# Calculating trajectory

I'm just starting with game development and some physics related to that. Basically I want to calculate a trajectory given an initial velocity and as well as an elevation / angle. So I wrote this code in Java (I left out some class related code and such):

int v0 = 30; // m/s
int angle = 60;
double dt = 0.5; // s

double vx = v0 * Math.cos(Math.PI / 180 * angle);
double vy = v0 * Math.sin(Math.PI / 180 * angle);

double posx = 1; // m
double posy = 1;  // m
double time = 0; // s

while(posy > 0)
{
posx +=  vx * dt;
posy += vy * dt;
time += dt;

// change speed in y
vy -= 9.82 * dt; // gravity
}


This seems to work fine. However, is there a better way to do this? Also, is it possible to scale so that 5 meter (in calculation) corresponds to 1 m for the posx and posy variables?

The equations of motion for a projectile are:

x(t) = x0 + v0 * t + 0.5g * t^2


where x0 and v0 are your initial position and velocity respectively ([posx, posy] and [vx, vy] in your code), g is the gravitational acceleration (9.82m/s^2 in your code) and t is the time, in seconds.

So, instead of looping, you can find your projectile's position at any time t.

When you map from physical space to pixel space, you need a single value that scales meters to pixels. You want 5 meters to be 1 pixel, so simply divide your physical quantities related to position by 5.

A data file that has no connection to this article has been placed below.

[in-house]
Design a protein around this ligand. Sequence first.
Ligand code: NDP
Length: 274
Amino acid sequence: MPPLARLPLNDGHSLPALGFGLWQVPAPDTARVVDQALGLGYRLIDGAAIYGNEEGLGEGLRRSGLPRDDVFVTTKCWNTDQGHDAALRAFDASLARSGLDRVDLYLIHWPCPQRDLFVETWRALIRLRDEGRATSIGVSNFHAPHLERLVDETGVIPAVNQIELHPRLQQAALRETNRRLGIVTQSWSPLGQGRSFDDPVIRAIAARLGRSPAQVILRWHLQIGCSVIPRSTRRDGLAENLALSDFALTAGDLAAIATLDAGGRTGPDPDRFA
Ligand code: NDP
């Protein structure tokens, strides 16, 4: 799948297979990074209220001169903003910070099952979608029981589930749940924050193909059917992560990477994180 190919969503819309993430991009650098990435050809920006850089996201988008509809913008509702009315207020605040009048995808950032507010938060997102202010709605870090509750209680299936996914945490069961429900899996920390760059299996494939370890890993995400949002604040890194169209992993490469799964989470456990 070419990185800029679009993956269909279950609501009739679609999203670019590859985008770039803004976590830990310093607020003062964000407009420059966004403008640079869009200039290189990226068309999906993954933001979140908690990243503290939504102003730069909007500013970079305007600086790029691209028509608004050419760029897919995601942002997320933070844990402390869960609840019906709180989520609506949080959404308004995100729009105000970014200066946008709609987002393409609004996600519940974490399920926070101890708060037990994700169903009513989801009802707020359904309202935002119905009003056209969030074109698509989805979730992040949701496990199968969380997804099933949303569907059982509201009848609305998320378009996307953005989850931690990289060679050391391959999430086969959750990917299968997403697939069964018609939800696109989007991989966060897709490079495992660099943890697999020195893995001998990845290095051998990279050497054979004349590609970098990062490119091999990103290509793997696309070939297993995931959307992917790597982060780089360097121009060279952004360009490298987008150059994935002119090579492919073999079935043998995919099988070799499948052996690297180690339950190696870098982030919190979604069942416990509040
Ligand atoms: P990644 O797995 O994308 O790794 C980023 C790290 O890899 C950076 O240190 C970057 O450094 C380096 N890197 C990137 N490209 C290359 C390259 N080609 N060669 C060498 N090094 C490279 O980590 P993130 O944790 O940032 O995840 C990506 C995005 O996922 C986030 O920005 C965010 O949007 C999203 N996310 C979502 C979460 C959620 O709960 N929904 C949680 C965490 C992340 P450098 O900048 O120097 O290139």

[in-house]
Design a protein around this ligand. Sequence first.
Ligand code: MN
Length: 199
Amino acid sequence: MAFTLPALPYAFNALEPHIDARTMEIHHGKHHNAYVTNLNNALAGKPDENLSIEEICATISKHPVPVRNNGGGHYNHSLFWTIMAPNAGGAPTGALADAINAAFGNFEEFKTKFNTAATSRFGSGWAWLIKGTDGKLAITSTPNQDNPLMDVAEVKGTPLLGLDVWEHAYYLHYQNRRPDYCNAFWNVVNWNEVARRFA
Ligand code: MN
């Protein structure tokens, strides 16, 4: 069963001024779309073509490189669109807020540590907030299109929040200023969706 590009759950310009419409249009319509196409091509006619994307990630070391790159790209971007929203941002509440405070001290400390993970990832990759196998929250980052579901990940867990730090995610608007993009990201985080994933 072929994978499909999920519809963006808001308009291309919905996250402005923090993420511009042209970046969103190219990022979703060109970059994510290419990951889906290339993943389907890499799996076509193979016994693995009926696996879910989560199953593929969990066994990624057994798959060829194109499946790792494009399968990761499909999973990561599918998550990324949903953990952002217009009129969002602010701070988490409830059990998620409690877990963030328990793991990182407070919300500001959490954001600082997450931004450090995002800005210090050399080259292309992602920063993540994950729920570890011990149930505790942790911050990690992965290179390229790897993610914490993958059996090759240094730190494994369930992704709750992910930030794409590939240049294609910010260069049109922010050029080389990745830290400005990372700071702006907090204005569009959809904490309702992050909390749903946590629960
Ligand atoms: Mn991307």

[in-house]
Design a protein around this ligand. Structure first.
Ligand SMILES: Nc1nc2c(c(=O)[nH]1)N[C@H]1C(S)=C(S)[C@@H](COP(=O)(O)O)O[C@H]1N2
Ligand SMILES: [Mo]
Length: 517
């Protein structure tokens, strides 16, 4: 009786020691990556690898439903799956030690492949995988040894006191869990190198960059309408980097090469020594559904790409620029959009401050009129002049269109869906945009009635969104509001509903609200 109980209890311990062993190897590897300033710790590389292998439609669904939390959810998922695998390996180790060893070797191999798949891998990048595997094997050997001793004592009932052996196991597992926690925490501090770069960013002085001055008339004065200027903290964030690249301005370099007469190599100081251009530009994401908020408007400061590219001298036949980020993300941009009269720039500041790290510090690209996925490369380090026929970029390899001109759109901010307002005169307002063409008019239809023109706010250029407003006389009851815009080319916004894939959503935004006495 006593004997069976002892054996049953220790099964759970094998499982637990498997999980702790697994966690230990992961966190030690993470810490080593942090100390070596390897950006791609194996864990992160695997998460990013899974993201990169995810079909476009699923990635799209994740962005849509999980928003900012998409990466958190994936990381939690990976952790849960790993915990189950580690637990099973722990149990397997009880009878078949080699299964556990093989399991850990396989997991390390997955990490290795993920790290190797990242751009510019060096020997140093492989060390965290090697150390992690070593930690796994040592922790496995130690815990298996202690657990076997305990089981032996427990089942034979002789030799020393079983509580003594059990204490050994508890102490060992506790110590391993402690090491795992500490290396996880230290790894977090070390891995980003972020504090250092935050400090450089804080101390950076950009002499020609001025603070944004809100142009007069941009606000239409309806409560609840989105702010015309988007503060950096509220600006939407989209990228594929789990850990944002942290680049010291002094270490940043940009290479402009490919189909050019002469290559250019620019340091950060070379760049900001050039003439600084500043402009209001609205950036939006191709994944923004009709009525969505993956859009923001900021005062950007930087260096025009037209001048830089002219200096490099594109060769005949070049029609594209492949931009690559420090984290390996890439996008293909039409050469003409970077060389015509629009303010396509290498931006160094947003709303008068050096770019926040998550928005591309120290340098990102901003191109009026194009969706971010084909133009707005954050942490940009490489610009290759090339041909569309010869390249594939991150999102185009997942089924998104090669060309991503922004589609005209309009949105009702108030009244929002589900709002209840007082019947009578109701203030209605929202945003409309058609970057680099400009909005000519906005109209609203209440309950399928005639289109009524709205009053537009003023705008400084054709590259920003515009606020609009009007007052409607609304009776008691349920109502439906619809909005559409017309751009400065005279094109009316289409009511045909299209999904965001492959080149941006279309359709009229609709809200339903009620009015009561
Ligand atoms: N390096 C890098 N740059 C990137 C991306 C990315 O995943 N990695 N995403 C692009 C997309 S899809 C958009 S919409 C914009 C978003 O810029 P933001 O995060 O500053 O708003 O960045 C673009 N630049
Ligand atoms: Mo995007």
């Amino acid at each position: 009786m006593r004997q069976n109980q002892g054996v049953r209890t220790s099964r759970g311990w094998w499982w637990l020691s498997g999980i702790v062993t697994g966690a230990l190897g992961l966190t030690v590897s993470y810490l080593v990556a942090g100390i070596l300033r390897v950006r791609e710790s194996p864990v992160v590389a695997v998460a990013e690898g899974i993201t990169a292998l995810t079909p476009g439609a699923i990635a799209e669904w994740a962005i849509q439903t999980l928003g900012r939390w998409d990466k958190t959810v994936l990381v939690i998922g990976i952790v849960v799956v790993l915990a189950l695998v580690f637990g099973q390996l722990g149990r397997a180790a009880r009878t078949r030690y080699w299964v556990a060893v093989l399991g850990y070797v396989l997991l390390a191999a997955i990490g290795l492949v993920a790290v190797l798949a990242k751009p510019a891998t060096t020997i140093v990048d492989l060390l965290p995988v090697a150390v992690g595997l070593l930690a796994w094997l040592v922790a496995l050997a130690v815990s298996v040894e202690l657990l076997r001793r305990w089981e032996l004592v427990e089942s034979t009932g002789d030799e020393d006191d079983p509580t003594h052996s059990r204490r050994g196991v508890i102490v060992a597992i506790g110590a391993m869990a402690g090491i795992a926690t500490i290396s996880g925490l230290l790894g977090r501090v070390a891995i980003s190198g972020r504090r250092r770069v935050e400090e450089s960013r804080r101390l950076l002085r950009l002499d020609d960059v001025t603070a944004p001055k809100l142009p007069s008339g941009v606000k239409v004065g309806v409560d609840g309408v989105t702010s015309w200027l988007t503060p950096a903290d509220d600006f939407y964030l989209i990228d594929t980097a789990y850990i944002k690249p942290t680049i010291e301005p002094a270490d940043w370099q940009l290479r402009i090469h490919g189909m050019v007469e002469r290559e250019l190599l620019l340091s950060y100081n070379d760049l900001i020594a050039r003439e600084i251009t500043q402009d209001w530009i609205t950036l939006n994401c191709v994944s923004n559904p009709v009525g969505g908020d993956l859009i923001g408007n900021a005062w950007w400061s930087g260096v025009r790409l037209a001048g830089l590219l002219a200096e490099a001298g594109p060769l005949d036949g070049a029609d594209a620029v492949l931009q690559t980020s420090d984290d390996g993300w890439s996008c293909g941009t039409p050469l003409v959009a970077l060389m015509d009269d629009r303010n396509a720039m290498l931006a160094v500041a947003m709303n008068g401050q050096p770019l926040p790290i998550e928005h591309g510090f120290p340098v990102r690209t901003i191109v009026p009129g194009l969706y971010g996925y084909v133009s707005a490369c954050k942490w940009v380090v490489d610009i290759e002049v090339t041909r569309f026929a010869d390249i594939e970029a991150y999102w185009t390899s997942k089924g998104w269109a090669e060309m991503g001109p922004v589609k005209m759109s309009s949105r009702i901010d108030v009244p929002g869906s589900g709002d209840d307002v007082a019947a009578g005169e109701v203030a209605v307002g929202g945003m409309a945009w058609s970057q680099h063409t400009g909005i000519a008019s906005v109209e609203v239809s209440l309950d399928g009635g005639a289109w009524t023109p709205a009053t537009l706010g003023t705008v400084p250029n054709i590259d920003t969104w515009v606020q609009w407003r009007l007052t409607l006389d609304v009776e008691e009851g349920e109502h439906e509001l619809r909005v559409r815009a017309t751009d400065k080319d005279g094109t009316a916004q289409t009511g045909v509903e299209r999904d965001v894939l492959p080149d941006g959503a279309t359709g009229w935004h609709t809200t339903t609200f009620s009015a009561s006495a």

• I have not tested the equation you provided, although in this case I will have to do this by looping. With an initial velocity of 30 m/s and an elevation of 60 degrees (later converted to radians) I will get the result about 80~ meters (posx). Now what I mean by scaling is that I need to be able to draw this on the screen (hence the looping) and I don't want 1 pixel to represent 1 m in the calculation (imagine how much space) but every 5 m in the calculation should correspond to 1 pixel, e.g. 1 m - on the screen -.. is this better explained? – user1062704 Sep 27 '13 at 14:26
• You can (and should) still use the equation I provided, even if you're rendering and hence need to loop; what you've implemented is a numerical approximation of what I've given you and is not physically correct, though it's fine in most circumstances. I'll edit my answer to include scaling. – Drew Cummins Sep 27 '13 at 14:42